[Taxacom] The only systematics

jwhitfie at life.uiuc.edu jwhitfie at life.uiuc.edu
Wed Feb 25 17:47:40 CST 2009

There is also a RevSys (Revisionary Systematics) separate program at NSF -
Paul Marsh and I have a grant under this which should lead to descriptions
and interactive keys to around 300 currently undescribed Heterospilus
(parasitic wasp) species. Not sure how many RevSys grants there are, but
ours is not unique...

> Okay, so alpha taxonomy slid in under biodiversity studies. What I mean,
> I guess, are revisions, you know, the old standard monographs where,
> yes, phenetic cluster analysis, parsimony trees, biosystematics,
> chromosome numbers, and so on may help, but alpha taxonomy is primary.
> *****************************
> Richard H. Zander
> Voice: 314-577-0276
> Missouri Botanical Garden
> PO Box 299
> St. Louis, MO 63166-0299 USA
> richard.zander at mobot.org
> Web sites: http://www.mobot.org/plantscience/resbot/
> and http://www.mobot.org/plantscience/bfna/bfnamenu.htm
> *****************************
> -----Original Message-----
> From: taxacom-bounces at mailman.nhm.ku.edu
> [mailto:taxacom-bounces at mailman.nhm.ku.edu] On Behalf Of Brian O'Meara
> Sent: Wednesday, February 25, 2009 4:38 PM
> To: taxacom at mailman.nhm.ku.edu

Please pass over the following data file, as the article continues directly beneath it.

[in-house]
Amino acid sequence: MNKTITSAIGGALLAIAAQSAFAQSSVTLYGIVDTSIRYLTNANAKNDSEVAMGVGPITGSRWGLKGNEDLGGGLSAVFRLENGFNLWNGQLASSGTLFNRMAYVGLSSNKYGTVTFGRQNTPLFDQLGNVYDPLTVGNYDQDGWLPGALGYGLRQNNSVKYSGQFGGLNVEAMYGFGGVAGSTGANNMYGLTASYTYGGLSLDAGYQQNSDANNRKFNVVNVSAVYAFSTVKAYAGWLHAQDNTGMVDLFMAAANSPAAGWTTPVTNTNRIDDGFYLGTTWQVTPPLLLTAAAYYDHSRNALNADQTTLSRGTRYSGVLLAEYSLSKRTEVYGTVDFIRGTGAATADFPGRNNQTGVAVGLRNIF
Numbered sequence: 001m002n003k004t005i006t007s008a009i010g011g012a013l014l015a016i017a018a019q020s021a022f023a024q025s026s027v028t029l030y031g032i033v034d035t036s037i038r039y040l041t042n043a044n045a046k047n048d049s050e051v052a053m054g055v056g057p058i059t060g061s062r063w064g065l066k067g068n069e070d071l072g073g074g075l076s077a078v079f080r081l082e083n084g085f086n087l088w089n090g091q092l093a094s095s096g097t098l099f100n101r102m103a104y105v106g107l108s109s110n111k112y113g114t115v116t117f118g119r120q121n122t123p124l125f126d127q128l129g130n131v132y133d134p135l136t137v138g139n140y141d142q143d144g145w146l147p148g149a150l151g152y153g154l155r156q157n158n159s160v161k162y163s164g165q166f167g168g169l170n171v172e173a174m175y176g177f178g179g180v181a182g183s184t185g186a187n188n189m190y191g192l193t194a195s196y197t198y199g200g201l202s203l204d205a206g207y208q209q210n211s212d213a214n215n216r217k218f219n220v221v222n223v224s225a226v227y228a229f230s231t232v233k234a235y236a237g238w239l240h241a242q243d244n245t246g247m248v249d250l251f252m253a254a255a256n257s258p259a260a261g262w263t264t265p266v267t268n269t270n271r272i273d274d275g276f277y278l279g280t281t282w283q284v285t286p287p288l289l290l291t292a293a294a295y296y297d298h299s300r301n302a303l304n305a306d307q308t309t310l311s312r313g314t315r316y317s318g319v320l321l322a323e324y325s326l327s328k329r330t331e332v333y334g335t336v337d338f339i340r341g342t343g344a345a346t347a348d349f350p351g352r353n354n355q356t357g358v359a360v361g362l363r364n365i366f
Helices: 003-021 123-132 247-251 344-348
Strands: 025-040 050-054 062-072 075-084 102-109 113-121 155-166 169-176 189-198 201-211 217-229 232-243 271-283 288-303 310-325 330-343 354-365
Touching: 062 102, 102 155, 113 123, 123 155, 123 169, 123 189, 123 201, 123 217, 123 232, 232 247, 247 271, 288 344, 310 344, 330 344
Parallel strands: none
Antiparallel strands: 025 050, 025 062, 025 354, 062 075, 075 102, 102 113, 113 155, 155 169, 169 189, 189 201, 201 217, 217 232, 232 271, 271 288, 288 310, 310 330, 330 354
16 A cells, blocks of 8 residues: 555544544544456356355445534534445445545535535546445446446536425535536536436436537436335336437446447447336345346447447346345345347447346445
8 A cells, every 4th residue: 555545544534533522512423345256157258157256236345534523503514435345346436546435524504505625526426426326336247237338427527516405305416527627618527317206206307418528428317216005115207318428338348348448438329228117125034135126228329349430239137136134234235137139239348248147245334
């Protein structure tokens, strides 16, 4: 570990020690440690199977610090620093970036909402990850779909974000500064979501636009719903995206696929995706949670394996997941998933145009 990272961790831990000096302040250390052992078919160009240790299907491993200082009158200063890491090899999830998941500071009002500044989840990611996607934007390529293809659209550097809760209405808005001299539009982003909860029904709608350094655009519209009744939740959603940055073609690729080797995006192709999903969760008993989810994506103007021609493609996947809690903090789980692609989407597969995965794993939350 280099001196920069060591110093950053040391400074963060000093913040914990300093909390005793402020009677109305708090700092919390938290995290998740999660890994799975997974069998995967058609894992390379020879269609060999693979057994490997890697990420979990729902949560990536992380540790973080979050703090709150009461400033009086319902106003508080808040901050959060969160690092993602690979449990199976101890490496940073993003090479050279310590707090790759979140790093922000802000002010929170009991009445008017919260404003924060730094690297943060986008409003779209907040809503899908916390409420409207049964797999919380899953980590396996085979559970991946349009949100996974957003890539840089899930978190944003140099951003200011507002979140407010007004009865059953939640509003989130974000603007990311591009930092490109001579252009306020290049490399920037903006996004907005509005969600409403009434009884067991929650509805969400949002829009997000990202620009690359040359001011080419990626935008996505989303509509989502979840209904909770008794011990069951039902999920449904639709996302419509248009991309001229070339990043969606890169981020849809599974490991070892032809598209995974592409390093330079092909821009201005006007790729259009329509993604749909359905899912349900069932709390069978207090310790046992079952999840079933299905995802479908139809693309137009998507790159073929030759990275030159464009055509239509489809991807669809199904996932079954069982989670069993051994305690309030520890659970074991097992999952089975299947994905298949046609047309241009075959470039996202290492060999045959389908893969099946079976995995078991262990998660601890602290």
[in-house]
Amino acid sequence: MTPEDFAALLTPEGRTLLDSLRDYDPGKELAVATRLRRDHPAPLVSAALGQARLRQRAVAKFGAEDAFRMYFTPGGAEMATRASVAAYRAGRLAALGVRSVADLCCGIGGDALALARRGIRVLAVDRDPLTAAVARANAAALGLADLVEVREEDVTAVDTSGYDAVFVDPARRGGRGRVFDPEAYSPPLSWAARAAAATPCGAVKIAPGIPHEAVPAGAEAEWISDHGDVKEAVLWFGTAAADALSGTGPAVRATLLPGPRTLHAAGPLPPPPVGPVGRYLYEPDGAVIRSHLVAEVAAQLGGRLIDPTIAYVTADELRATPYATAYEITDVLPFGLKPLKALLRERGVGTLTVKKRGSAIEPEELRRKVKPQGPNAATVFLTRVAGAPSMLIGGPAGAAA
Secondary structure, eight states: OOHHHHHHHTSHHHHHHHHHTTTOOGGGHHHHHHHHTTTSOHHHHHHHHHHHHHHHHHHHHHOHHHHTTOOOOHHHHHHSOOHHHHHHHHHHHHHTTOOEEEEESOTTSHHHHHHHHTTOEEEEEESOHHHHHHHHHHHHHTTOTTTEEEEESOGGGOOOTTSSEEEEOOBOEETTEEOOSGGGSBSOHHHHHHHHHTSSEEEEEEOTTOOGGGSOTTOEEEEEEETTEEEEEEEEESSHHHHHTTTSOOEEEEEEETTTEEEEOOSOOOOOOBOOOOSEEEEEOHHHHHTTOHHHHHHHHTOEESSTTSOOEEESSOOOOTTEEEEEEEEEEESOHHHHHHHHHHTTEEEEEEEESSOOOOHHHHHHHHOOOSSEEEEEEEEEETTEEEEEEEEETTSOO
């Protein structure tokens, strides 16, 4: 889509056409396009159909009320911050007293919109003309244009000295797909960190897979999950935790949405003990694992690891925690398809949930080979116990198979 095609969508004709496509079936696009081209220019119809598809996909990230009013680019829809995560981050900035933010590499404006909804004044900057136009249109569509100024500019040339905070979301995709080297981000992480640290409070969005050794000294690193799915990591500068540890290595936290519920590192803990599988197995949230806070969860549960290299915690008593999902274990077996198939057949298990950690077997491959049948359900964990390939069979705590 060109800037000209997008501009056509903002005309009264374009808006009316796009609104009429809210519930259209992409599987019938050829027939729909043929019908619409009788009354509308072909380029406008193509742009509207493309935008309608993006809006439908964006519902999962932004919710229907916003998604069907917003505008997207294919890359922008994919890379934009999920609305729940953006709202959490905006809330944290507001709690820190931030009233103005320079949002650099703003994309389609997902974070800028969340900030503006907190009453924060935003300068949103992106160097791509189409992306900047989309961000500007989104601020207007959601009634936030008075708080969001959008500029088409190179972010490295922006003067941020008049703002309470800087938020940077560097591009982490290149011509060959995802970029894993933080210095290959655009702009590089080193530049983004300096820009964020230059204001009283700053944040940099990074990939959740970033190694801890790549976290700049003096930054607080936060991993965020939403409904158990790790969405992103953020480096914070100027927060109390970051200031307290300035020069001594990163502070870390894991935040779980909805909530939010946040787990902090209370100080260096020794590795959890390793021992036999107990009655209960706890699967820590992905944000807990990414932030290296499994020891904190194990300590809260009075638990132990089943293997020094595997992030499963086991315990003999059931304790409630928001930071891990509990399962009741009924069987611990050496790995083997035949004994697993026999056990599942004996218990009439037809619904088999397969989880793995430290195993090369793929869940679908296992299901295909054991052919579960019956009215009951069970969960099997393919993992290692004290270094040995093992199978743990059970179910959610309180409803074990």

> Subject: Re: [Taxacom] The only systematics
> Serendipitously, the link seemed to go to all of DEB awards, not just
> "phylogenetic systematics", where there seems to be funding for alpha
> taxonomy of the sort you want. For example, the first grant listed is
> <http://www.nsf.gov/awardsearch/showAward.do?AwardNumber=0841734>, a
> biodiversity survey of freshwater algae of the Hawaiian islands under
> the Biodiversity Surveys and Inventory program. According to the
> study abstract, "The objectives are to 1) establish long-term
> archived collections of Hawaiian freshwater algae morphological and
> genetic studies, 2) make all data available through a project
> database and website, and 3) describe newly discovered freshwater
> algal taxa from the Hawaiian Islands." This sounds like alpha
> taxonomy to me (describing newly discovered species), plus some
> bioinformatics and training -- "phylogeny" or "evolution" or "tree"
> aren't mentioned at all.
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